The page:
17 Senior Horizons Tasty Tuesday Potluck Luncheon – 11:30 a.m., Trinity United Methodist Church, 607 Airport Road. To reserve your seat, call (256) 265-7950 or email sharon.darty@hhsys.org. Visit huntsvillehospital.org/events for a complete list of health screenings, support groups and other community events.


A message from our CEO

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s you may have noticed, the landscape of our campus is changing. We’ve got a lot going on here — major construction with some very tall cranes, road work in the area, and we’re happy to report that our new parking garage at the Women & Children’s Hospital is open. The construction of the new bed tower continues along Gallatin Street. It will be 2021 before it’s complete. New and advanced facilities are critical in our commitment to address the health care needs of our growing community, but they take time to build and are very expensive. In reality, these facilities are like tools that help us accomplish our mission of delivering health care that is safe, caring, and kind to you and your family. The foundation of our organization, though, is our team of 9,000 employees in Madison County. These health care professionals work very hard every day along with more than 850 physicians on our medical staff. As we continue to grow as a community, you can expect us to grow along with it. In recent months we’ve welcomed 70 new physicians to our medical staff. Most of these physicians had the opportunity to go anywhere in the country to practice. They chose Huntsville for many reasons, and one of those reasons was Huntsville Hospital. We’re proud of the effort that we make to be a safe, caring and kind hospital, but we also realize that our work is like a marathon with no end. Twenty-four hours a day, seven days a week, since 1895. That’s why it’s nice occasionally for our team to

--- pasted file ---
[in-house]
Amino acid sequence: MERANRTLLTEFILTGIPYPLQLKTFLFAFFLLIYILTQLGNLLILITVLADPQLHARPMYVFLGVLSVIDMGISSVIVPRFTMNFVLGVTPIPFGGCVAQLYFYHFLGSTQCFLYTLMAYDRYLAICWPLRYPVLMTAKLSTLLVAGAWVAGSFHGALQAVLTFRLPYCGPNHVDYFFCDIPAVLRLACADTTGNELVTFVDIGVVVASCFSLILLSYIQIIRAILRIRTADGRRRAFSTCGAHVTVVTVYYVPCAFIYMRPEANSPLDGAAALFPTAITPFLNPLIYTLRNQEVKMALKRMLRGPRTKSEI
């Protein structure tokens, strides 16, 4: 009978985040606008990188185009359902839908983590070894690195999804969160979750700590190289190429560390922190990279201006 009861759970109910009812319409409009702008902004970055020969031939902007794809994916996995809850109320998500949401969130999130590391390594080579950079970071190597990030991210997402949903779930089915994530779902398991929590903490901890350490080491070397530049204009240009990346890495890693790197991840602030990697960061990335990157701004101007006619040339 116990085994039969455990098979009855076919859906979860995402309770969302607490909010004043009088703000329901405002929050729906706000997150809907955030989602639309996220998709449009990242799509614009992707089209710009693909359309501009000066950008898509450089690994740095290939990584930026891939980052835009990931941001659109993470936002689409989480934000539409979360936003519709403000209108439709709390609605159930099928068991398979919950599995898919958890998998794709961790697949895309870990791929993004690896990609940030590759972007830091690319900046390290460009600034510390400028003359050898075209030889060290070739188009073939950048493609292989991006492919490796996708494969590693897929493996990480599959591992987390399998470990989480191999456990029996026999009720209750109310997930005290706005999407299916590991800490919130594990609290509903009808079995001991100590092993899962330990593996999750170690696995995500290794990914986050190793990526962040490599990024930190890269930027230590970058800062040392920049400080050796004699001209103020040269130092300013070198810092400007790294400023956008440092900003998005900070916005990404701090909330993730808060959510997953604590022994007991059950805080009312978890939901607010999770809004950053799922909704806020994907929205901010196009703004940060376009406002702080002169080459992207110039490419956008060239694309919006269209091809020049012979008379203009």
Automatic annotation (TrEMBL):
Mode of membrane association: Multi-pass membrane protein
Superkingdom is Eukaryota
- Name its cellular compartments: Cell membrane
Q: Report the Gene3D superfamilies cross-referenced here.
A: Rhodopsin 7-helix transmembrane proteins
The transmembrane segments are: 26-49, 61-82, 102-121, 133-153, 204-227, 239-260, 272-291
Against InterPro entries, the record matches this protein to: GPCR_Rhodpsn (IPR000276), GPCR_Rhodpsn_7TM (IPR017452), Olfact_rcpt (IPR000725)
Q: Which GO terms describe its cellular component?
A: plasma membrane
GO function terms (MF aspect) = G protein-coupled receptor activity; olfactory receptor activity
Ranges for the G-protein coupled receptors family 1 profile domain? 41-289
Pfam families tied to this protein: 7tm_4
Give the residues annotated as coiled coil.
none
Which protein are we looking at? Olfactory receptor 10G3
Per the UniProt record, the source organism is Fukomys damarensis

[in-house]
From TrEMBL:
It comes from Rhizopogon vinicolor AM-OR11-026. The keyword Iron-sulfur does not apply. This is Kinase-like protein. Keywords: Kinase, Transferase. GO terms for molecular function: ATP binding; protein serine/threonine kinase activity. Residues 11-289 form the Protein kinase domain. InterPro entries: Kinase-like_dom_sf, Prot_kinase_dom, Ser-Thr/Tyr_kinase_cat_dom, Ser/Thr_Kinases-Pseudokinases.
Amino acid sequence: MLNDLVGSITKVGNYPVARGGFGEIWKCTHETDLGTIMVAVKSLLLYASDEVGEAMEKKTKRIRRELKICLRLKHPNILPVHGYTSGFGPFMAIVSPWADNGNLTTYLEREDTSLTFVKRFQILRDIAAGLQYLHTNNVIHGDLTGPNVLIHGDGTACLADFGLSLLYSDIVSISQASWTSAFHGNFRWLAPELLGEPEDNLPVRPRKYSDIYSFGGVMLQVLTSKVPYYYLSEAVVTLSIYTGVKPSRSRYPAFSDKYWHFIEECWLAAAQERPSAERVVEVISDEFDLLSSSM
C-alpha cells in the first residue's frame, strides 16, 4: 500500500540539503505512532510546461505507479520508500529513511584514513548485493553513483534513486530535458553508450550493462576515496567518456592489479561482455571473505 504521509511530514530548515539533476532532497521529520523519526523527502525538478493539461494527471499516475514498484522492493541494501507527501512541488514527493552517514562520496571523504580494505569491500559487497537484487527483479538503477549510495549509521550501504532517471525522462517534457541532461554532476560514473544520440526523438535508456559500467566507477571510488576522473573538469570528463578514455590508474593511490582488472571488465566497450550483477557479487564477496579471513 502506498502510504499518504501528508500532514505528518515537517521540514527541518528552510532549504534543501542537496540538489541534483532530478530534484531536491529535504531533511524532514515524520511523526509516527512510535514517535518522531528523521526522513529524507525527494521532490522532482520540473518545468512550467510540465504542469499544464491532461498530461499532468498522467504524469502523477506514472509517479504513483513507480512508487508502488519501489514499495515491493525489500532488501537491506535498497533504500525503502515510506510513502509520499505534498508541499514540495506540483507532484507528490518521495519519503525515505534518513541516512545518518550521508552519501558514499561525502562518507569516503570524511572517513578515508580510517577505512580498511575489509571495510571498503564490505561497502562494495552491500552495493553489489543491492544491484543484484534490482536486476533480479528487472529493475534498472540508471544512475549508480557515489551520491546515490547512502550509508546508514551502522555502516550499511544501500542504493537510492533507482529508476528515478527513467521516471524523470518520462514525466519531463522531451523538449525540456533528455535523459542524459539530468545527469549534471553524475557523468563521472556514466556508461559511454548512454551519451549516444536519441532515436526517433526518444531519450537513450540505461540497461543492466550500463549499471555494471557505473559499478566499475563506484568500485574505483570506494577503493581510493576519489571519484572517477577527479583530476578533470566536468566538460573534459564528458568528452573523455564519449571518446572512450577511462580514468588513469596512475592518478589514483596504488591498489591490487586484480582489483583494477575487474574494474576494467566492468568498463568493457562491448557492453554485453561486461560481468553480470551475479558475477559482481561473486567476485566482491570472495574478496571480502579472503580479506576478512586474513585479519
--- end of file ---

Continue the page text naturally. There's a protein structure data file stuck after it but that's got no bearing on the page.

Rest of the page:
be recognized as they were recently by U.S. News & World Report. Being named the #2 Best Hospital in Alabama with seven major clinical services highlighted is significant to us, and hopefully to you. In a couple of months the calendar will amazingly roll to 2020. Next summer Huntsville Hospital will celebrate 125 years of service to our community. Few local organizations, if any, have had the impact that the hospital has had over the past century. Generations of families have trusted Huntsville Hospital with their health care. Thank you for allowing us to care for you. We look forward to extending that legacy of caring to future generations.

David Spillers

CEO, Huntsville Hospital Health System

David Spillers Chief Executive Officer Jeff Samz Chief Operating Officer Health Care Authority of the City of Huntsville Philip W. Bentley, Jr. Chairman Mike Goodman Vice-Chairman Frank Caprio Secretary-Treasurer Amit Arora, MD Kerry Fehrenbach Bhavani Kakani Macon Phillips, MD Beth Richardson David Smith OUR MISSION Provide high quality care and services that will improve the health of those we serve. OUR VISION To be one of the best health systems in America and consistently strive to provide clinical and service excellence. OUR VALUES Integrity, Excellence, Innovation, Accountability, Compassion and Safety

Be Safe. Be Caring. Be Kind.

huntsvillehospital.org

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Metal of honor